Fort Jesus (Mombasa) - History Coming Alive
You may not think about Portuguese history when you visit Kenya, but Fort Jesus in Mombasa offers you a glimpse into Europe's colonial past as well as Africa's. You'll find that Fort Jesus is Mombasa's best historical site.
The fort has official, personal guides. They are friendly and knowledgeable, and can also show you around in Mombasa’s Old Town, the historic city centre next to the fort. The only downside is that some don’t really take no for an answer. They don’t cost much, though, and you’ll be glad you hired one.
The Fort’s History
Built by the Portuguese in 1593, the fort sits on a ridge of coral near the entrance of Kilindini harbor. At the time of construction, there were colonies of Portuguese living on the eastern coast of Kenya and the fort was intended to protect them. Turkish raids during the late 1500s prompted the need for more protection. Over time, the fort was under the control of either the Portuguese or Arabs from Oman. These two people battled for control of the fort on many occasions.
Elements of Portuguese architecture are still clearly visible in the ancient fort, even though it has undergone many additions and changes over the centuries. Given its age, the buildings have weathered fairly well. Much of the lower walls were built from the local coral. The fort was designed by Portuguese architect Joao Batista Cairato, and covers an area approximately 2 acres in size.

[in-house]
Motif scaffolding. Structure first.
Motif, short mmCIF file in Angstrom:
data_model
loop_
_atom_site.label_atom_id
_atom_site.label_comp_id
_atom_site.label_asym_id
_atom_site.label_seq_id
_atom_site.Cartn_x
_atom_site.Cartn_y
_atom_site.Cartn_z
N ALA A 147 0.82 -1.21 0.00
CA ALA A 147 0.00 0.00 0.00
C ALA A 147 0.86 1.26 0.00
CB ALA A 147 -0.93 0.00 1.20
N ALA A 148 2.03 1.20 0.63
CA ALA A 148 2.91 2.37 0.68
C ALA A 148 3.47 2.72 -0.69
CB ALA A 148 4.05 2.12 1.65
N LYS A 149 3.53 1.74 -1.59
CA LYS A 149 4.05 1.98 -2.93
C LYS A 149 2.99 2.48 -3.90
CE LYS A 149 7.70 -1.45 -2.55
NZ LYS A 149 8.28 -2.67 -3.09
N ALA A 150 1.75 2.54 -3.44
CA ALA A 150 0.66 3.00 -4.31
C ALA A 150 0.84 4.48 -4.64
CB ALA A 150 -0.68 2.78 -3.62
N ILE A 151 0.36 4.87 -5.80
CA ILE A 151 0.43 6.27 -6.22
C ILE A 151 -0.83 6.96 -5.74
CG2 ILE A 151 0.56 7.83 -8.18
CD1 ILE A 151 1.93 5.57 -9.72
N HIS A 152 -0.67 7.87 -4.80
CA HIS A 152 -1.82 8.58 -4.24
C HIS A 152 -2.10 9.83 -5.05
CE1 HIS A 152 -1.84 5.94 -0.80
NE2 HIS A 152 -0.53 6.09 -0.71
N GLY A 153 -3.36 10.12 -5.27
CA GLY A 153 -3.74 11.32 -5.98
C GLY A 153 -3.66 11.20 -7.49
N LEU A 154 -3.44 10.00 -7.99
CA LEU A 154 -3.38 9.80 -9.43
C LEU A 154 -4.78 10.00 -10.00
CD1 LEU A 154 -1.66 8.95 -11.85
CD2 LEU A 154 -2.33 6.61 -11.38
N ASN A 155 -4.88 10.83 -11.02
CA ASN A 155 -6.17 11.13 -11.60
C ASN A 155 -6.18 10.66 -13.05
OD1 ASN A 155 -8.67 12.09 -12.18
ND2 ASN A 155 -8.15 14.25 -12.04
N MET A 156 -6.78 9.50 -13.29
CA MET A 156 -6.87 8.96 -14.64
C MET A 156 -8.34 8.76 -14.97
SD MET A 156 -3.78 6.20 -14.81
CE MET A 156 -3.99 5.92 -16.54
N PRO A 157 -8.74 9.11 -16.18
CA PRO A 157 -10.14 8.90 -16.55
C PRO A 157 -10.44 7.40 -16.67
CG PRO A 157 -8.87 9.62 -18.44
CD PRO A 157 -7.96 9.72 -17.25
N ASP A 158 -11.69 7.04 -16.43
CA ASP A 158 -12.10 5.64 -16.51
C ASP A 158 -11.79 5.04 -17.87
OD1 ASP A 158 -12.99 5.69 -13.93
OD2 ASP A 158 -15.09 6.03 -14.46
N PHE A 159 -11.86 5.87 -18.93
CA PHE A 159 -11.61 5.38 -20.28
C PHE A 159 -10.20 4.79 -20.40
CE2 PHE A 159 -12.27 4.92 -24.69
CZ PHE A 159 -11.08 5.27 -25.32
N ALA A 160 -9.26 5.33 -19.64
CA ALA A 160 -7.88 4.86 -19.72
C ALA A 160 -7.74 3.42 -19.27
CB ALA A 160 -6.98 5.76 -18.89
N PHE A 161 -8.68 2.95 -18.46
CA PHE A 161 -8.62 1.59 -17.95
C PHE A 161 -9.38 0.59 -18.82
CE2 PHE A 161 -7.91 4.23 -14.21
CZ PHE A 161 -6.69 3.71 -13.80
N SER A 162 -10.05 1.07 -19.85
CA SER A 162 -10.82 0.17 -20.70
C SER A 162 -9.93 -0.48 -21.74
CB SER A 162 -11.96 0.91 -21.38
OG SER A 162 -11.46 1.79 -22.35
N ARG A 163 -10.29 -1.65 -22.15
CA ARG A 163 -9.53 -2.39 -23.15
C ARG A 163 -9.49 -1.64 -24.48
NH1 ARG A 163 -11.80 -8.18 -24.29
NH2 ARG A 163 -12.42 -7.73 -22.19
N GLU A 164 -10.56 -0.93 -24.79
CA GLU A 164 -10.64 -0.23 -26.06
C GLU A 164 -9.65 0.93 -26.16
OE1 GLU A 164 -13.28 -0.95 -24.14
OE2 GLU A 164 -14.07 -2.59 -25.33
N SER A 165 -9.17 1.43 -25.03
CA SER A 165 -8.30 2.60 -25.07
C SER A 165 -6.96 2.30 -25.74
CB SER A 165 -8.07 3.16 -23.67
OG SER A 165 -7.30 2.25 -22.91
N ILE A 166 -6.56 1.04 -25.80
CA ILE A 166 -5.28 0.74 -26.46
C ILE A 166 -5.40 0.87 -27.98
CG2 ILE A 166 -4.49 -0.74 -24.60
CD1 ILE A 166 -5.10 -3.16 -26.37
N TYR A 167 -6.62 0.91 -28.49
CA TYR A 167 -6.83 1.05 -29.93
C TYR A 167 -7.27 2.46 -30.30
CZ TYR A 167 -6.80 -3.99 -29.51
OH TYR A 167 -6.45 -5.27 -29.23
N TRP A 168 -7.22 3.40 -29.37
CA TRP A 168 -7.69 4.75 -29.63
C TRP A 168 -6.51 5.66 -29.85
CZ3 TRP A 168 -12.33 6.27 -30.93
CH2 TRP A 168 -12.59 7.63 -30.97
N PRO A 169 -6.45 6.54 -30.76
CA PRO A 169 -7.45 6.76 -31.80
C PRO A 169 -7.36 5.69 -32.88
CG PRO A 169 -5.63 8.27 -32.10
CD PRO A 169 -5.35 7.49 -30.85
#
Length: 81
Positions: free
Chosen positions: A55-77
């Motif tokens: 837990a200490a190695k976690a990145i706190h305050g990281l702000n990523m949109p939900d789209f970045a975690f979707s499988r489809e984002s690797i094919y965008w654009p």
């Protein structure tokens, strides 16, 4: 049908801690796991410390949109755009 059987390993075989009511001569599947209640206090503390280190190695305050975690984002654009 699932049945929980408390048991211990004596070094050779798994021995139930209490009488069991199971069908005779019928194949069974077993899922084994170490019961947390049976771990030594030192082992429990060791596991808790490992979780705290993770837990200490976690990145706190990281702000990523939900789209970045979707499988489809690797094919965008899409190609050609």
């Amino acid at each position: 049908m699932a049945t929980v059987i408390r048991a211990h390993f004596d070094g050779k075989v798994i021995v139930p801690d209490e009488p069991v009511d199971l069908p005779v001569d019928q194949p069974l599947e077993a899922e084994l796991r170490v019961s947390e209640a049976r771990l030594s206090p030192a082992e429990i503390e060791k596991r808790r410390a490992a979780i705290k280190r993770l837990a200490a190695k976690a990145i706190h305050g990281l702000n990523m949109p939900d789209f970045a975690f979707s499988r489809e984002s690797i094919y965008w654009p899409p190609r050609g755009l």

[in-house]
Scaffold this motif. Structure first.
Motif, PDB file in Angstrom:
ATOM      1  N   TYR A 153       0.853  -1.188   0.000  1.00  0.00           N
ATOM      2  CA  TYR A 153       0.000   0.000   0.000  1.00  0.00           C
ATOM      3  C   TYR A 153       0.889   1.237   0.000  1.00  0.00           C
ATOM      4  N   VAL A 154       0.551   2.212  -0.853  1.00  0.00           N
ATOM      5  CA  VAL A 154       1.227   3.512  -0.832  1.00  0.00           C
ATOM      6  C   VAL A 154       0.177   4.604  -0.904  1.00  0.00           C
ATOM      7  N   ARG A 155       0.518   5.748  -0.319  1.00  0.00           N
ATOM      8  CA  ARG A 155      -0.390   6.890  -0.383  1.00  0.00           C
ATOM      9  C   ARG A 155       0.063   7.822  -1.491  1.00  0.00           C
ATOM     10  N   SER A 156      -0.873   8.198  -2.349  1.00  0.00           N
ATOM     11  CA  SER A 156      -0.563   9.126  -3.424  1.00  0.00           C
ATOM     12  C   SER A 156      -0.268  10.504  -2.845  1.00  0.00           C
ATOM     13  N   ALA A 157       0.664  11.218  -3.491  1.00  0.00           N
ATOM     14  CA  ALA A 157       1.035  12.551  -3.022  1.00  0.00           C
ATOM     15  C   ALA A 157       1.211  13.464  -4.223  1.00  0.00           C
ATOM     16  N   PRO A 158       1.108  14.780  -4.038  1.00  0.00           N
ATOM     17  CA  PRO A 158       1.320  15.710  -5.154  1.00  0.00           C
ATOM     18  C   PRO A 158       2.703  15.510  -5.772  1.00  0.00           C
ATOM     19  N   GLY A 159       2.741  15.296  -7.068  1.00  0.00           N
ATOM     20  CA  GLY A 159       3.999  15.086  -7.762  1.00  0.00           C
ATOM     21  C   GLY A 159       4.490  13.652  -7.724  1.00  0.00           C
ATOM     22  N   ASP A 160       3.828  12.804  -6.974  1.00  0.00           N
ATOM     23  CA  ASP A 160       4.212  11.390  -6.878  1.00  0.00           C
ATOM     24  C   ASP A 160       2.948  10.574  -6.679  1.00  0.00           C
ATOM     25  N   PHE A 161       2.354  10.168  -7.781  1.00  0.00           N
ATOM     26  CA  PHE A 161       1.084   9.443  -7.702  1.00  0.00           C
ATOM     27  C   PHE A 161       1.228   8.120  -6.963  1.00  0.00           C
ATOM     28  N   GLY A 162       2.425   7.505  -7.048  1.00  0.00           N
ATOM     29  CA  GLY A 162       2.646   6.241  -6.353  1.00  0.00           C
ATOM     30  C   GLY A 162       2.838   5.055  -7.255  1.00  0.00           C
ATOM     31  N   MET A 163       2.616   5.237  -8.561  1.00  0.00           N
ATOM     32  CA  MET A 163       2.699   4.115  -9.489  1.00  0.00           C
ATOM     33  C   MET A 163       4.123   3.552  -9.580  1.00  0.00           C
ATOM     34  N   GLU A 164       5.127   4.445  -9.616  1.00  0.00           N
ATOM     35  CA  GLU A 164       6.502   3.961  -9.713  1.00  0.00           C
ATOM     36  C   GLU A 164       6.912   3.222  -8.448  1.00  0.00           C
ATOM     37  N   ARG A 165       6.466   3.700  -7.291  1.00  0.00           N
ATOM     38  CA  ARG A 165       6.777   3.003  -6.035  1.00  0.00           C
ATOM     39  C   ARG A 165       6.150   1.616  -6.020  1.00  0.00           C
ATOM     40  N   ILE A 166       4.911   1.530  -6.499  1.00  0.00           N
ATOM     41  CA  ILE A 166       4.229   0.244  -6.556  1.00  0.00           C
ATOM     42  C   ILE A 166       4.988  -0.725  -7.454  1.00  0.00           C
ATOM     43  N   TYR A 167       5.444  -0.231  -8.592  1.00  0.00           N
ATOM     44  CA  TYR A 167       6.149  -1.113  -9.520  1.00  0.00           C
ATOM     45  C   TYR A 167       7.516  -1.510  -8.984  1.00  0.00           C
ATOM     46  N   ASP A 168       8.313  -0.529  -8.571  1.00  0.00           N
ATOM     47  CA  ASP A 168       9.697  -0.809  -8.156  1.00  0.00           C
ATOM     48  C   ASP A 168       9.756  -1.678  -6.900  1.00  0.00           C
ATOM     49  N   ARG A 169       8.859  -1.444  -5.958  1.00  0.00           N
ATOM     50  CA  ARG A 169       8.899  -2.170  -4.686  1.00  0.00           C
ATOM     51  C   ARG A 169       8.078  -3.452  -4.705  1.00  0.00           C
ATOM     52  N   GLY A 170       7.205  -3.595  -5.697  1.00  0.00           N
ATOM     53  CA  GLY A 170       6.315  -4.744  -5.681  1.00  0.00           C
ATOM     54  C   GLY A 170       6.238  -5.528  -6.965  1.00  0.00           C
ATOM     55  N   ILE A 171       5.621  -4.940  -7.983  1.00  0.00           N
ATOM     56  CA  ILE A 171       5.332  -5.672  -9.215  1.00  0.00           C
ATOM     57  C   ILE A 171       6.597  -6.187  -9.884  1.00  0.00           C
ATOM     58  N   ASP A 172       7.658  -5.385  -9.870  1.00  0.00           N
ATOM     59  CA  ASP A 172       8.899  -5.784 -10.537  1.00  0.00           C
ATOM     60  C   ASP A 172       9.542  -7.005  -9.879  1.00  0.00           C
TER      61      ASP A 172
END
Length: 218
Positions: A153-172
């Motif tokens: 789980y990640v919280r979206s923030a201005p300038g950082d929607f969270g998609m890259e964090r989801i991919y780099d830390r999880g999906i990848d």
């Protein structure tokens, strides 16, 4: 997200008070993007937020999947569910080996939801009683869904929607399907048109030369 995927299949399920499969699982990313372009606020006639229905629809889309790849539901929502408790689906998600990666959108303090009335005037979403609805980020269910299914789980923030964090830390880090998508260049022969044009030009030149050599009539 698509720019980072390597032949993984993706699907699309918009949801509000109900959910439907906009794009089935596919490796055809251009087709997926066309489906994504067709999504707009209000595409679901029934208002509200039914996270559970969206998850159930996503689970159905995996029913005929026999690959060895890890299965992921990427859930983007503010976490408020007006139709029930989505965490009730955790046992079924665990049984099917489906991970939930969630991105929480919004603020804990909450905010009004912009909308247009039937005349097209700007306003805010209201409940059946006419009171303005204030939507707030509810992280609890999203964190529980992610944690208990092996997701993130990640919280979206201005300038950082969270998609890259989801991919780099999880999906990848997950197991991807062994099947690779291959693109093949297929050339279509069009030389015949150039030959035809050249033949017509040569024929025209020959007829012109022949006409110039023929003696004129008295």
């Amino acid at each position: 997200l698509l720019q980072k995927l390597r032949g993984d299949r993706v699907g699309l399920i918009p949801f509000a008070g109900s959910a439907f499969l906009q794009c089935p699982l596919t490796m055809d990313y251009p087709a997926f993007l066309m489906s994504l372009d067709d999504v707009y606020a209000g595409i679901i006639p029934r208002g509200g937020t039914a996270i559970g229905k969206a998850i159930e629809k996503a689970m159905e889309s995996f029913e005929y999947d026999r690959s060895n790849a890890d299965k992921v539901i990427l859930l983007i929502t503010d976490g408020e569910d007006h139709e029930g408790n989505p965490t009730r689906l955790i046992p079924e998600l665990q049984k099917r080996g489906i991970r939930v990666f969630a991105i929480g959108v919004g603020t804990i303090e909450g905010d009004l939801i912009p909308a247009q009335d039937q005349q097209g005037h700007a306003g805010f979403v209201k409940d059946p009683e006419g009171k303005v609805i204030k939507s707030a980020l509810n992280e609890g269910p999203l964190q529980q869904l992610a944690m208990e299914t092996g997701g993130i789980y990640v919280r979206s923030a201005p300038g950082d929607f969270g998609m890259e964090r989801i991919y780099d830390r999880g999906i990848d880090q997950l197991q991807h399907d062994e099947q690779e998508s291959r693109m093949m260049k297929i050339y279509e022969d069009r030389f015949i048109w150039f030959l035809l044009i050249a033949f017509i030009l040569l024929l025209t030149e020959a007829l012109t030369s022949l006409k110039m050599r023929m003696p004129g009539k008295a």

Fort Jesus was used as a military fortification for much of its history, until the annexation of the territory by the British in 1895. They reconstructed the insides of the fort, turning it into a prison. It's importance as a historical site was recognized in 1958 when the area was declared an official National Park. The site was excavated to lean more about its history and to preserve any archaeological material still there.
Visiting the Fort Jesus Mombasa Museum
Today, the fort is home to a museum. After so many years of the complex changing of hands, it was turned into a museum in 1962 with grant assistance from the Calouste Gulbenkian Foundation. Artifacts are on display from the Fort Jesus site itself as well as from other historical sites, such as Gede, Ungwana and more. Most of the artifact collection is made up of ceramics, jars and military equipment. Many cannons are also on display, though they are much more modern and of English origin.
The buildings and structures still standing in the fort today include the old church, the great water cistern, barrack rooms, parapets, turrets, and a number of storage rooms, housing quarters and other intact chambers. The fee to visit the Fort Jesus museum (for non-residents) is 800 KSH. You can find the fort on the coast of Mombasa island, near the popular Old Town neighbourhood.
If you enjoy visiting museums, other nearby sites you should try to visit are the Muslim ruins at Jumba la Mtwana, the missionary museum at Rabai and another site of mosque ruins at Mnarani. While these other sites are worth a visit, they're no where near as impressive as Fort Jesus in Mombasa.
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